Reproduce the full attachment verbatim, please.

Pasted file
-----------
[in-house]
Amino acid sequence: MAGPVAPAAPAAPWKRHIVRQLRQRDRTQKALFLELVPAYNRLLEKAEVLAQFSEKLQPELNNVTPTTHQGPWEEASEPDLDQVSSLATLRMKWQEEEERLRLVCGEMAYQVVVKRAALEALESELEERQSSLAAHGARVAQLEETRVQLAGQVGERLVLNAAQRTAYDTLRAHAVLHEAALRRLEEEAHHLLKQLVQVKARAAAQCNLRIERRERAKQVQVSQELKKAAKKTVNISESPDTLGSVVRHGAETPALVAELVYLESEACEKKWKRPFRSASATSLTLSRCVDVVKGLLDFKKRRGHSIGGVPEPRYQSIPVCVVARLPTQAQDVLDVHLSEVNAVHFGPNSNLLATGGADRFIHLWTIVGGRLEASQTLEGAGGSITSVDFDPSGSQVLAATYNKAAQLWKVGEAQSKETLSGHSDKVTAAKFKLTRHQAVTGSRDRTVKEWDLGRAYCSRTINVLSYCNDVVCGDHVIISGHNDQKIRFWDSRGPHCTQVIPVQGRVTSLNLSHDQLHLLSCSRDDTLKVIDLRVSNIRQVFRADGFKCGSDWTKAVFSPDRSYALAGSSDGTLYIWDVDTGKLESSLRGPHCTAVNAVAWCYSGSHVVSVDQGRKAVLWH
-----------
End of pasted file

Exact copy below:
[in-house]
Amino acid sequence: MAGPVAPAAPAAPWKRHIVRQLRQRDRTQKALFLELVPAYNRLLEKAEVLAQFSEKLQPELNNVTPTTHQGPWEEASEPDLDQVSSLATLRMKWQEEEERLRLVCGEMAYQVVVKRAALEALESELEERQSSLAAHGARVAQLEETRVQLAGQVGERLVLNAAQRTAYDTLRAHAVLHEAALRRLEEEAHHLLKQLVQVKARAAAQCNLRIERRERAKQVQVSQELKKAAKKTVNISESPDTLGSVVRHGAETPALVAELVYLESEACEKKWKRPFRSASATSLTLSRCVDVVKGLLDFKKRRGHSIGGVPEPRYQSIPVCVVARLPTQAQDVLDVHLSEVNAVHFGPNSNLLATGGADRFIHLWTIVGGRLEASQTLEGAGGSITSVDFDPSGSQVLAATYNKAAQLWKVGEAQSKETLSGHSDKVTAAKFKLTRHQAVTGSRDRTVKEWDLGRAYCSRTINVLSYCNDVVCGDHVIISGHNDQKIRFWDSRGPHCTQVIPVQGRVTSLNLSHDQLHLLSCSRDDTLKVIDLRVSNIRQVFRADGFKCGSDWTKAVFSPDRSYALAGSSDGTLYIWDVDTGKLESSLRGPHCTAVNAVAWCYSGSHVVSVDQGRKAVLWH